Being a first time home-buyer can be both thrilling and nerve wracking at the same time. Owning a home is a huge commitment, and a more expensive one than some home-buyers realize. For example, your monthly housing expenses can go from $1,300 a month to $2,200 as a homeowner. Before you even begin to shop for your dream home, you need to have a plan set in place. Make sure you know exactly what you’re getting into so you can decide if you’re financially and personally ready for such a huge commitment. Doing a little financial homework before hand can help resolve any stress you may be having. Follow these five steps to help make the buying process go a bit more smoothly.
Check Your Credit
A home-buyers credit score is one of the most important factors when it comes to qualifying for a loan. There are a lot of websites where you can check your credit for free and it would be in your best interest to see where your credit stands before applying for any loans. Make sure to review the reports thoroughly for any mistakes, collection accounts, or unpaid accounts. Paying your bills on time each month doesn’t always mean your credit is perfect. The amount of credit you are using is relative to your available credit limit; aka, your credit utilization ratio. Note to self: the lower the utilization rate, the higher your score will be.
Applying for mortgages can become quite messy. Typically, mortgage lenders will request two most recent pay stubs, the previous two years W-2s, tax returns, and the past two months bank statements; EVERY SINGLE PAGE! They’ll even want the blank ones. It’s weird I know, but that is why it is so important to stay organized. Label everything and make sure to store your documents in an area you won’t forget. Buying a home can take a long time, but knowing exactly what you need and where to find it can save you time and stress.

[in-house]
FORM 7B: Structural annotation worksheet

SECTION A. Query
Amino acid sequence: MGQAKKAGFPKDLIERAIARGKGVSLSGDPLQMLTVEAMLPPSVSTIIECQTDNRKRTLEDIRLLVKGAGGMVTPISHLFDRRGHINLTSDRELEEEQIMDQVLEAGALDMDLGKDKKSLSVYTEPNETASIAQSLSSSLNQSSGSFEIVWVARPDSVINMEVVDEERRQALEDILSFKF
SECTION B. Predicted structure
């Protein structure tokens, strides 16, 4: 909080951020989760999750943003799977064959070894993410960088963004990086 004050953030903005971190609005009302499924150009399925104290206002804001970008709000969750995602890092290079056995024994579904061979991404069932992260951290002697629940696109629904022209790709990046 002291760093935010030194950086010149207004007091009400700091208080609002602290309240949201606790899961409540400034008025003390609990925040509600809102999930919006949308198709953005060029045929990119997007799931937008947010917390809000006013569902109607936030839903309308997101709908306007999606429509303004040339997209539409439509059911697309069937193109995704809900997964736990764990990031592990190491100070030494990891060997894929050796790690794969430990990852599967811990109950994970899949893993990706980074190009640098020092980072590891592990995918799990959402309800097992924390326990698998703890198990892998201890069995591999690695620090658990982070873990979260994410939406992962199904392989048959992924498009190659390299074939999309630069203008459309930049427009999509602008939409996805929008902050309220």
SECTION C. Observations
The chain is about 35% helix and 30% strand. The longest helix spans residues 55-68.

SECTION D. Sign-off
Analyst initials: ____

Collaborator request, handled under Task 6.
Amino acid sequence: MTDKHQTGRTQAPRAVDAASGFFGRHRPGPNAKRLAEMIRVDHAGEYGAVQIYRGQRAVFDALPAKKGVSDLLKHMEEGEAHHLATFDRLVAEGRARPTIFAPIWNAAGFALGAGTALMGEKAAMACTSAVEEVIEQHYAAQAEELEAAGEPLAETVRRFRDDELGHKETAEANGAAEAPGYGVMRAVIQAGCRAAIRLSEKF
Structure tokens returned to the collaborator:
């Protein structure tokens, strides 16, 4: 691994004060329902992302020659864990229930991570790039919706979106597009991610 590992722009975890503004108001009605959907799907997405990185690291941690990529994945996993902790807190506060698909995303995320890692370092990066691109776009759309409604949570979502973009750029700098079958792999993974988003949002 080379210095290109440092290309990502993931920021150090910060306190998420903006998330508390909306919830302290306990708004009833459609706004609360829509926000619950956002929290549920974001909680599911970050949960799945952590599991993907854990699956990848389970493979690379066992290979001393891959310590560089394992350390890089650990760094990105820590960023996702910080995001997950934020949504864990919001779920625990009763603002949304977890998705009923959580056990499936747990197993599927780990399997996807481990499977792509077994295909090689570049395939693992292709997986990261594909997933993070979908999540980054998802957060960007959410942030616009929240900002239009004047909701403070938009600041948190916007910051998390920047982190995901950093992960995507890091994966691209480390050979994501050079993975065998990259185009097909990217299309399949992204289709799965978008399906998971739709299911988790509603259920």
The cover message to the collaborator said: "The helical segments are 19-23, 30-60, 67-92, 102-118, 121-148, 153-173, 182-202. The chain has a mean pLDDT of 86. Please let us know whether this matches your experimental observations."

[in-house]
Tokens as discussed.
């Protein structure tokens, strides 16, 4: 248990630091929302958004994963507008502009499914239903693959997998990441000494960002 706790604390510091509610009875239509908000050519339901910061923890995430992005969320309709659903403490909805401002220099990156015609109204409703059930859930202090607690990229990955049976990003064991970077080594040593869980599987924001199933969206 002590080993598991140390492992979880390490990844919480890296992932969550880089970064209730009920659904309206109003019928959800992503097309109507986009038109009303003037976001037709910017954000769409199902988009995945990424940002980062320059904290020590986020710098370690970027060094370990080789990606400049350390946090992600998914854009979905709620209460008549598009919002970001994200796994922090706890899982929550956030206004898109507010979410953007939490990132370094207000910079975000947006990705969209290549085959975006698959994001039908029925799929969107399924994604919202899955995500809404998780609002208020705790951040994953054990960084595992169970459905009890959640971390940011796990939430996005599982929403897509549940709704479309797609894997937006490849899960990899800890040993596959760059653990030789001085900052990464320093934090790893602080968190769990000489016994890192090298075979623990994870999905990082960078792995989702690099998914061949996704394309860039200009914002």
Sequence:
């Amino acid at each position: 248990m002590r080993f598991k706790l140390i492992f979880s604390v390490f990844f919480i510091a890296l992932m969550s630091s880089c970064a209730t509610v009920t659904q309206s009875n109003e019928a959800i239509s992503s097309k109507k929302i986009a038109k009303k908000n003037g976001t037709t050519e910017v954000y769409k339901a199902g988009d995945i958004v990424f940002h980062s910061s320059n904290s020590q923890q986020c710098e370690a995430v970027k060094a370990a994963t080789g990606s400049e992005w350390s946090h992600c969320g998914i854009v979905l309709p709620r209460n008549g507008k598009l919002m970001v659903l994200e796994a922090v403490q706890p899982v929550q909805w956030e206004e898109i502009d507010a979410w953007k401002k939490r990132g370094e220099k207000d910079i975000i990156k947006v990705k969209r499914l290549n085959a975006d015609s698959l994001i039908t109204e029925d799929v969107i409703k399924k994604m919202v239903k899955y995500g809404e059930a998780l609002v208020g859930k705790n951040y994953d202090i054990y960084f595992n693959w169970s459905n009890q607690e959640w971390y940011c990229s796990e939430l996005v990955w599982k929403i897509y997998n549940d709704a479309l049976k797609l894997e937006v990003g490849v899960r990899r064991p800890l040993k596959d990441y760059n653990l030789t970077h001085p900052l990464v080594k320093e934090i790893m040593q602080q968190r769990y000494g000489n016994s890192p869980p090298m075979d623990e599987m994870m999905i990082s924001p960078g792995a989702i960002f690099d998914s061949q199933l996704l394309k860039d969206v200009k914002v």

Figure out a Down Payment
It takes a lot of effort to scrape together a down payment. There are also a lot of programs out there that can assist buyers with qualifying. Finally when you’re ready, speak with mortgage lenders as soon as you start the process. It can also help to seek out advice from friends, co-workers, and neighbors to see which lenders they enjoyed working with. Don’t be afraid to ask them questions about their process and any other steps first time home-buyers should take.
Ideally, you should know how much you can afford to spend even before the mortgage lenders tell you how much you qualify for. Calculating your debt-to-income ratio and factoring in your down payment, you should have a good idea of what you can afford, both upfront and monthly. The back-end ratio will show a portion of income that covers all monthly debt obligations. The lenders will prefer the back-end ratio to be 36 percent or less, but there are some borrowers that will get approved with a back-end ratio that is 45 percent or a little bit higher.
Look into Assets and Liability
This is something that hits home (no pun intended) for me and a lot of first time buyers. You may not owe much money and your payments may be up to date, but how do you spend your money? Do you have piles of money left over each month, or are you living on a check to check basis? Being a first time home-buyer, you should have a good idea of what is owed and what you’re bringing in. In addition to all this, buyers should also have an idea of how lenders will view their income and that will require you to become familiar with the basics of mortgage lending.
Listen, buying a home is a process, but think about the future and what that means. Following these few steps will help elevate stress and hopefully make the process run more smoothly. When all is said and done, you’ll finally be a home-owner!